About Generally Speaking, I'd say Chris is right - overall, he has led an interesting life and comes across as pretty likeable. But that said, his aversion to editors is (once again) his undoing. There's a pretty good 300-page book in here about someone who lived through interesting times and had a hand in a lot of historically significant events. The problem is, of course, that the book is 581 pages long (counting the appendices).
There are far too many chapters here about things that he was only marginally connected to, at the expense of his own story - the family anecdotes dwindle to almost nothing once he becomes a lawyer. Chapter after chapter seems to exist because everything that crossed his sphere of influence deserved a part in the story. Why? Because he doesn't seem to want to let even the smallest story go by if it means he can mention the Reichmanns, Galen Weston, Conrad Black, etc, etc. He's a tad star struck by these leading lights of Canadian business (wonder what he thinks of Conrad since his fall from grace?) - the fact they are rich means that any chance to mention them is taken.
A good example - there is the story of how he, Weston, Black and CUAW president Bob White ("as far to the left in things Canadian as Black and Weston, each a tycoon in his own right, are to the right") are all made Officers to the Order of Canada at the same time. Seated alphabetically, Weston and White end up next to each other. The result? They chat amiably.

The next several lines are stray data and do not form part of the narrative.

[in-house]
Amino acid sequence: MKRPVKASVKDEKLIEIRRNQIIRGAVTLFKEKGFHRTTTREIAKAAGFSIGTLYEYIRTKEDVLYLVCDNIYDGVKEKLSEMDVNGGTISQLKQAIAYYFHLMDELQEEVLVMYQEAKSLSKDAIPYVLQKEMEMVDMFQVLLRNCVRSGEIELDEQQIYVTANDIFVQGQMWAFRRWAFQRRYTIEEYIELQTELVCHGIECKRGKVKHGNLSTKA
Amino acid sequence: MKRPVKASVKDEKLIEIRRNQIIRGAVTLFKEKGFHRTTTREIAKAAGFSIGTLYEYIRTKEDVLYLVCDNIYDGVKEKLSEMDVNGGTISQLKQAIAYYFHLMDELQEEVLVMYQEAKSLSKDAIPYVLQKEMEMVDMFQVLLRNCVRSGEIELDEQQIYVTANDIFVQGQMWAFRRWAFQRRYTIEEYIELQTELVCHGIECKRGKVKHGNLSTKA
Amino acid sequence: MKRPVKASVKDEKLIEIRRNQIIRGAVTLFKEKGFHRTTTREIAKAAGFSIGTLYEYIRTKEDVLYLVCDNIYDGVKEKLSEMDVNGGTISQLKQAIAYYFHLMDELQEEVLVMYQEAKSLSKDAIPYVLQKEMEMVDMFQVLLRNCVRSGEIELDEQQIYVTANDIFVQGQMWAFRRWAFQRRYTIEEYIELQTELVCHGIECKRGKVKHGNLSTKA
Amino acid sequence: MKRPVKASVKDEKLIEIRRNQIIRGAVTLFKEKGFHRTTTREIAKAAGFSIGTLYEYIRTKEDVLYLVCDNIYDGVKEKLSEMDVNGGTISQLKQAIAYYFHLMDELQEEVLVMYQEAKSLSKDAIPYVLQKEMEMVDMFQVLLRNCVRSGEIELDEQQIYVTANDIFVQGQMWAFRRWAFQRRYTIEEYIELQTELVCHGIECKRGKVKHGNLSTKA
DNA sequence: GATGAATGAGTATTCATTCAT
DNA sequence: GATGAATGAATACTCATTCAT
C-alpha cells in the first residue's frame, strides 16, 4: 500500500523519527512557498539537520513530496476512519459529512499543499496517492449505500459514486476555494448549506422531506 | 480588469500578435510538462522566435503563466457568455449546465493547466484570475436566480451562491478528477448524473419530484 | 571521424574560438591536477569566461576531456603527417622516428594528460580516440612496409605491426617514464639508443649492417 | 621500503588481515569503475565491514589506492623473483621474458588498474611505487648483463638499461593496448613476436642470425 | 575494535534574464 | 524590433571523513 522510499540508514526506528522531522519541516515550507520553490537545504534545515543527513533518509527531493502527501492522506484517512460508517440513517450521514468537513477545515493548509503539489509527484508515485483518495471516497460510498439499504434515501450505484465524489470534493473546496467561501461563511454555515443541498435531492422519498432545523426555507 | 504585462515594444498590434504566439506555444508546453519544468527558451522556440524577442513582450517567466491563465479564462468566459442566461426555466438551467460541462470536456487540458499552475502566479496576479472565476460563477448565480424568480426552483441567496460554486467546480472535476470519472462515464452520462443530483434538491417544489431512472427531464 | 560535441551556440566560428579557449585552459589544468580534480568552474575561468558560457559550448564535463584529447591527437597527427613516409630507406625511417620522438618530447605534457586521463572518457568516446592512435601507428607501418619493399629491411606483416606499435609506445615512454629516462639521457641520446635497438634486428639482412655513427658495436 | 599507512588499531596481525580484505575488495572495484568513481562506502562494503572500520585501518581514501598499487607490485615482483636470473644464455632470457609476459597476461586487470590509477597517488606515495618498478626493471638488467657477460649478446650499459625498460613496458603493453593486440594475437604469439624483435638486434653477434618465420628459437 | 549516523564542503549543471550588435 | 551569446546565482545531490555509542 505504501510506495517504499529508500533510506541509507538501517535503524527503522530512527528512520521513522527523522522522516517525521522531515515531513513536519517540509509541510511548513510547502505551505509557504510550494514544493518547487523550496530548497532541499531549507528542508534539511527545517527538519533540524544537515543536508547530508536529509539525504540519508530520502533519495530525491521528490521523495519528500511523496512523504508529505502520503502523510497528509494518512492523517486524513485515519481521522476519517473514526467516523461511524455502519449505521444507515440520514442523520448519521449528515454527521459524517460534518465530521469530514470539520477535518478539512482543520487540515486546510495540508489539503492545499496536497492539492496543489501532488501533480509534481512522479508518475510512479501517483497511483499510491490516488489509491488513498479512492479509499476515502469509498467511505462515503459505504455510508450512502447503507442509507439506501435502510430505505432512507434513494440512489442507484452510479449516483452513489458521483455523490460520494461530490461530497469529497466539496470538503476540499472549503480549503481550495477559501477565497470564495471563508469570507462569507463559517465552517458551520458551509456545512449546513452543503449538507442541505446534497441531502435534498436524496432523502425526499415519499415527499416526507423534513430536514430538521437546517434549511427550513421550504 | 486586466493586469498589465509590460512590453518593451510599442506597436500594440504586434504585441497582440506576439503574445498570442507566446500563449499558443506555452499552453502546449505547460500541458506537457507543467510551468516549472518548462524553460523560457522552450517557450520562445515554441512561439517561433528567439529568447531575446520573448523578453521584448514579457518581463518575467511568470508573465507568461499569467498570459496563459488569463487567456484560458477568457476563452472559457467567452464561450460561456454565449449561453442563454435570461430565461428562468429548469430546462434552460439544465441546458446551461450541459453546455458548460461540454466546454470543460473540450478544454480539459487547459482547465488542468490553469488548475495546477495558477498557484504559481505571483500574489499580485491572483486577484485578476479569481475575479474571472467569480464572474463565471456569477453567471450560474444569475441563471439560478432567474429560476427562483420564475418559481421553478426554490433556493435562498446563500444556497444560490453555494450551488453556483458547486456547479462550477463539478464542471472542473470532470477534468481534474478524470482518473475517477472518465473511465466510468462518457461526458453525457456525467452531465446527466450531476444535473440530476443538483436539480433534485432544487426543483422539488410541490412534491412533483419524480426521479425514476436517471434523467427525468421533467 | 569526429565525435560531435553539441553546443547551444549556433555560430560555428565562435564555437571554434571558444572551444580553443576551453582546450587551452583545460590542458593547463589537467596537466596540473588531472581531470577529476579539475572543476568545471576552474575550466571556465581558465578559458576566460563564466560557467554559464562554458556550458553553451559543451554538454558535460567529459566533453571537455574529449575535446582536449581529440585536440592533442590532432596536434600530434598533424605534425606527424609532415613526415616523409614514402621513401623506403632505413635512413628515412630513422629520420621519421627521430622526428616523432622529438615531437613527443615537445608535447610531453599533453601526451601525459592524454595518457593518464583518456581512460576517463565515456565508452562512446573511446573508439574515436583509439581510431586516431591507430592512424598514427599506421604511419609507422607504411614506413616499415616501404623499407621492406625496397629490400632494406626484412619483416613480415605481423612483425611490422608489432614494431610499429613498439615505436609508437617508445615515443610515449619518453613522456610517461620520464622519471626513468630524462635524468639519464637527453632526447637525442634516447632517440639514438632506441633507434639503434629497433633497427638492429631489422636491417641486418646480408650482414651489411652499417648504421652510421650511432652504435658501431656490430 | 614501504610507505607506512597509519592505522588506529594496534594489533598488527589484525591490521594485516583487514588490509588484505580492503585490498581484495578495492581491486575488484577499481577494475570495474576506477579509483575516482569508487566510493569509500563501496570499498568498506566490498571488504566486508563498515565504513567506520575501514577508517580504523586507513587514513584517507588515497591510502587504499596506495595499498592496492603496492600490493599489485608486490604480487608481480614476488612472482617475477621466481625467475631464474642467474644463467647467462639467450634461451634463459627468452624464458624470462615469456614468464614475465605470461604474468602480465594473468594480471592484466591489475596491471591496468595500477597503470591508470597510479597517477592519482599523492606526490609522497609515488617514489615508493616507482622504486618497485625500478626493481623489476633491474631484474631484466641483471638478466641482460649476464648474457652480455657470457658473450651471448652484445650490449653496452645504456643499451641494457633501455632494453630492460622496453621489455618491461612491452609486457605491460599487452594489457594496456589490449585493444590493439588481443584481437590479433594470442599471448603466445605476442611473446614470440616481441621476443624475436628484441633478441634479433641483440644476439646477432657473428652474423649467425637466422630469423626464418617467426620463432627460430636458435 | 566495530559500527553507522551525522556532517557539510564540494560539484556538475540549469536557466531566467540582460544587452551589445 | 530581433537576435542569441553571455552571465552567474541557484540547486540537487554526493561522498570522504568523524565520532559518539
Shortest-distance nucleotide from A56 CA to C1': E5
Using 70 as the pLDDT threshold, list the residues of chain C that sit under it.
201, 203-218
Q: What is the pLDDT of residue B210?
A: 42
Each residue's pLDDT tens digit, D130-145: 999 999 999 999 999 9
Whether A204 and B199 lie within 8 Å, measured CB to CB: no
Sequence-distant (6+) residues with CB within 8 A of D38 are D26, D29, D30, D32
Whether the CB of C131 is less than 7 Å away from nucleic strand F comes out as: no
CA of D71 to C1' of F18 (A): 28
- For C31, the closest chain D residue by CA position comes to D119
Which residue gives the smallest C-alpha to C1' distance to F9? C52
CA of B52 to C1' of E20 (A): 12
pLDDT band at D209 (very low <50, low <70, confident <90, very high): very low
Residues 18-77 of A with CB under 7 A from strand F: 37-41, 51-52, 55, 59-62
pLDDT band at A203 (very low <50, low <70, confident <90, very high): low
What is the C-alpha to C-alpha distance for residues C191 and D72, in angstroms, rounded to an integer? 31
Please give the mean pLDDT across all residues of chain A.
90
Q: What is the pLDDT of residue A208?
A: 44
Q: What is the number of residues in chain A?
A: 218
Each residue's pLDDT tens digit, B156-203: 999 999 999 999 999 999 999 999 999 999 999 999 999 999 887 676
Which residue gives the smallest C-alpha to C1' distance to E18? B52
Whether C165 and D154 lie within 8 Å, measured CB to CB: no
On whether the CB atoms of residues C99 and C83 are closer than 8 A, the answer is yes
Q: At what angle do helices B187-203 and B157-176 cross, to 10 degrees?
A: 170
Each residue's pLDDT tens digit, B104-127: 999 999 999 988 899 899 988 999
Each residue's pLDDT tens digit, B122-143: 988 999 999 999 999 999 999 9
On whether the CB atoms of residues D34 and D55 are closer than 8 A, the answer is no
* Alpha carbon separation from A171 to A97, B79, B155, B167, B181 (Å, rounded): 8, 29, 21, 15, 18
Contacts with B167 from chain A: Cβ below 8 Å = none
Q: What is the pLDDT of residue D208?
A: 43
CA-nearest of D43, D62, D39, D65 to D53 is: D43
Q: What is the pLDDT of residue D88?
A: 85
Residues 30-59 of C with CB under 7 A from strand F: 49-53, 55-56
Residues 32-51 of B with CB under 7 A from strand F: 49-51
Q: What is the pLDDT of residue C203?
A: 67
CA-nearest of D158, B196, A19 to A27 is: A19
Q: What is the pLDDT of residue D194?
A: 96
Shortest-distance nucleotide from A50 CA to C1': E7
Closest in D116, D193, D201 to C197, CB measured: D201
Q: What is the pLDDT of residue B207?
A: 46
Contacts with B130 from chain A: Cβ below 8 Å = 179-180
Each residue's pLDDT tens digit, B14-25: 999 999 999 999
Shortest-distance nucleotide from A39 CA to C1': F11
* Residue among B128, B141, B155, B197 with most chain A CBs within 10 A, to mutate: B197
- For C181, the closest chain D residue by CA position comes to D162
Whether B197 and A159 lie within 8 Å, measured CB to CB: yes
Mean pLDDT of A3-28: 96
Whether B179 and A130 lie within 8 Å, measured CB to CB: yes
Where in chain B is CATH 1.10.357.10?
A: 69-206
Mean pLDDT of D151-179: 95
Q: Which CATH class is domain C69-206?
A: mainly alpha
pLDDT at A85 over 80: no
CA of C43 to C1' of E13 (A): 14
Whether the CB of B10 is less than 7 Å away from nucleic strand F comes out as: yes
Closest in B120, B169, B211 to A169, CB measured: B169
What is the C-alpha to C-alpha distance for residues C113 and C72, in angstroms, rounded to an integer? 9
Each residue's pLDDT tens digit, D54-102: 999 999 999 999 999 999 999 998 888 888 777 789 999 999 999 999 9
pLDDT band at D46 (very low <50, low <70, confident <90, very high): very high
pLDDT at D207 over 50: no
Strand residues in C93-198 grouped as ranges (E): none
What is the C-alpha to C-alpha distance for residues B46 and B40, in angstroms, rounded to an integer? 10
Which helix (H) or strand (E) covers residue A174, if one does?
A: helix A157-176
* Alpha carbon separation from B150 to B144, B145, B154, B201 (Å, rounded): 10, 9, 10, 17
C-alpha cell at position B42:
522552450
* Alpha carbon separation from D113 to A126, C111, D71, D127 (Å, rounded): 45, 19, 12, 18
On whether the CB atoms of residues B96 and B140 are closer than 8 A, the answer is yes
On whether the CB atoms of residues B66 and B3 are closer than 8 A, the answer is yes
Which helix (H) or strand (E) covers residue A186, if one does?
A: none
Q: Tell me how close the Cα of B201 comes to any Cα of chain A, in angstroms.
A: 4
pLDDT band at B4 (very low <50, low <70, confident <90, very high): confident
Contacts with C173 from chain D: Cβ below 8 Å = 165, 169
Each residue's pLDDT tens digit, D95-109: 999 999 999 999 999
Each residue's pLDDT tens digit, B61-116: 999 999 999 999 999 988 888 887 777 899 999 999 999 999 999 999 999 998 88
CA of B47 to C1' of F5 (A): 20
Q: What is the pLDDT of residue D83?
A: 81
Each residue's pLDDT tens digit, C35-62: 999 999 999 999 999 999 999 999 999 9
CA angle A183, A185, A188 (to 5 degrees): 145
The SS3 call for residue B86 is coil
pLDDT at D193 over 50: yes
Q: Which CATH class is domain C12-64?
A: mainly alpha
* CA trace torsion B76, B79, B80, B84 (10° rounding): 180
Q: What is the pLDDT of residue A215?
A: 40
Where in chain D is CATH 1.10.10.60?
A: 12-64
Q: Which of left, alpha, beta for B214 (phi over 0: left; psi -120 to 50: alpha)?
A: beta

This is an anecdote?
The short shrift given to his family makes for some weird elliptical passages. Out of the blue, we get this: "It was 1999. Mary-O and I were visiting her mother figure, Elspeth Gormley, in England...". Who? We never heard of her before or after this cryptic reference.
I think what I found most disappointing was the small amount of space he devotes to his writing career. There is next-to-nothing about the how and why of any of his novels - nothing much about why he bothers to write, what he gets out of it (except money), his reaction to critics, to readers, what inspires him, what other books he's read etc. etc. All I got out of the chapter on his writing was the fact he fought to get Ultimatum published his way - without any of those interfering editors. And if ever a book needed editing, it's Ultimatum...
I note that while he is proudly conservative, it isn't always with a capital C. Mulroney is barely mentioned and he grudgingly admits to admiring Trudeau. Sometimes he's off-putting (a throwaway reference to "so-called global warming"), but by and large it wasn't as painful as I'd feared.
Advertisements for myself: Not one, but two references to Ultimatum 2, the new novel he is working on. Both references read like ad copy.